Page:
French military intervention in Libya 'within 3 months': sources
France could launch a military intervention in Libya within three months, according to an Arab diplomat who spoke to Arabic-language newspaper al-Sharq al-Awsat.
The official, who asked not to be named, told the newspaper on Saturday that the question currently under discussion in Paris is not whether France will launch strikes in crisis-hit Libya, but when.
The revelation came after France’s Defence Minister spent two days on an official visit to Niger, Libya’s neighbour to the north, on Thursday and Friday.
During the surprise visit, Jean-Yves Le Drian saw in the New Year at a French base being built 100 kilometres from Niger’s border with Libya with the aim of stemming a feared flow of weapons and fighters from war-torn Libya further into the Sahel.
Addressing French soldiers in the capital Niamey later on Thursday, Le Drian called for international action to prevent Libya from becoming a “sanctuary for terrorists.”
Asked whether France would launch a fresh military intervention in Libya, Le Drian did not rule out the possibility, but stressed the importance of seeking a political solution.
“We first have to find a global roadmap on Libya,” he said
Speaking on Friday after a meeting with Nigerien President Mahamadou Issoufou, Le Drian made his strongest statements to date on the issue.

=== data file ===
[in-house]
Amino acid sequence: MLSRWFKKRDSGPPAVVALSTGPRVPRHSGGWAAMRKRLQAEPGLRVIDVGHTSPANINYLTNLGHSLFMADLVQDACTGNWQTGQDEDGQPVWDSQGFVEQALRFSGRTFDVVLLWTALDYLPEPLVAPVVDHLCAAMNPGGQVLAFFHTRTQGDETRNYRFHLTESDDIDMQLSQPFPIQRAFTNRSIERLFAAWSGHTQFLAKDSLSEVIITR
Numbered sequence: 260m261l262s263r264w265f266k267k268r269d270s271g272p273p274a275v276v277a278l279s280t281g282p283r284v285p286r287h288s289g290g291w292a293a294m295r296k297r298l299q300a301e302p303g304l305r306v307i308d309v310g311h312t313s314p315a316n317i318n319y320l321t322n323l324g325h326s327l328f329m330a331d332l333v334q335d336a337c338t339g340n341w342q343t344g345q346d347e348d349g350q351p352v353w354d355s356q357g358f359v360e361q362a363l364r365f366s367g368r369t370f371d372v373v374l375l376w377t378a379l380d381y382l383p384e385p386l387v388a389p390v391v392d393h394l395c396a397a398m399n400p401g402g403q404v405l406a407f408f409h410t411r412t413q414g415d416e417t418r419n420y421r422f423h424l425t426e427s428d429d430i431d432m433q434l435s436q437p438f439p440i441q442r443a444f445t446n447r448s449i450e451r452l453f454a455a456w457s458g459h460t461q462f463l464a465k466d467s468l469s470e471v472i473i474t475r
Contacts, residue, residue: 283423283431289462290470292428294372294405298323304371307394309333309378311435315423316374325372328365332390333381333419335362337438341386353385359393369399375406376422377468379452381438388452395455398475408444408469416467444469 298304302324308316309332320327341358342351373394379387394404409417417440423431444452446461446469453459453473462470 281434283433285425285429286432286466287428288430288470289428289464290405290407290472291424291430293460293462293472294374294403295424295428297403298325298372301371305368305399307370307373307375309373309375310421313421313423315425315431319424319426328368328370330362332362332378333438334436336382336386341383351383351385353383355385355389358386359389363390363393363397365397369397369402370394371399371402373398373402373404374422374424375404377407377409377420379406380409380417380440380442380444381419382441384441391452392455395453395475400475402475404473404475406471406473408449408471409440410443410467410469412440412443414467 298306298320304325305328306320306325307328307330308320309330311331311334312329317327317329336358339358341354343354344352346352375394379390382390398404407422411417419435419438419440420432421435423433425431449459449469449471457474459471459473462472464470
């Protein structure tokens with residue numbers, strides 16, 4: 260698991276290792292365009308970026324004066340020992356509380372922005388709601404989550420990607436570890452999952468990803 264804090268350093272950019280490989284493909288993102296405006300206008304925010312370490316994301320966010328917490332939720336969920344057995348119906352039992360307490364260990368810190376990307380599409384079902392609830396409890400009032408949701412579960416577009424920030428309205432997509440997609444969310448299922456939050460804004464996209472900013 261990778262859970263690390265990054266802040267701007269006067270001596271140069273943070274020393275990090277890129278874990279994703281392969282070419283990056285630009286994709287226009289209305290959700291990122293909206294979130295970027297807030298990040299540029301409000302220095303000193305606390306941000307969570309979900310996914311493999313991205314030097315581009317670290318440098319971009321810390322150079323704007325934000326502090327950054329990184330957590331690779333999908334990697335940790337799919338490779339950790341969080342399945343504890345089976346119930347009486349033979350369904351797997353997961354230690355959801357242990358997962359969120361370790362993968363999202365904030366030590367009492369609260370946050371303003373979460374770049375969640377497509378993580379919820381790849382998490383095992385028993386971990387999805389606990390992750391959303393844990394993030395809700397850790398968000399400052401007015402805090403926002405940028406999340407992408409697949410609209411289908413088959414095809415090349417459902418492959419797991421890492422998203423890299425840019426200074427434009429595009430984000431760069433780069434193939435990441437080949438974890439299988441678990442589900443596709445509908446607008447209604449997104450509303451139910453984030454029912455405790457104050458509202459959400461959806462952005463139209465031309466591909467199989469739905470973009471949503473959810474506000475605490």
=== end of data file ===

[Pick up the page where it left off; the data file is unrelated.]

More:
“We think that the moment has come to ensure that the international community tackles the Libyan problem. I think this is also what President Issoufou believes.”
“Libya is in chaos today and it is a breeding ground for terrorists who threaten the stability of Niger and, further afield, France,” Le Drian added.
Regional powers in the Sahel like Mali and Senegal have explicitly called on Western nations to take military action to prevent unrest in Libya from spreading across borders.
On Saturday, the diplomat who spoke to al-Sharq al-Awsat said he was “ready to bet” that French military intervention in Libya will begin within three months.
According to the source, Le Drian is “an ardent supporter” of launching strikes against militants in Libya, while France’s Foreign Minister Laurent Fabius is more cautious.
France played a leading role in the Western intervention in Libya’s 2011 uprising against strongman President Muammar Gaddafi, conducting the first strikes against Gaddafi’s forces.
The French military intervened more recently in Mali, launching a full-scale campaign, Operation Serval, aimed at stopping an armed takeover by Islamist-aligned militants in the north of the country.
Since the conclusion of that operation, the French military’s mandate in the region has been widened with the start of Operation Barkhane.
As part of the operation, a broader counter-terrorism drive in the Sahel, 3,000 French soldiers are stationed across Niger, Mali, Chad, Mauritania and Burkina Faso.
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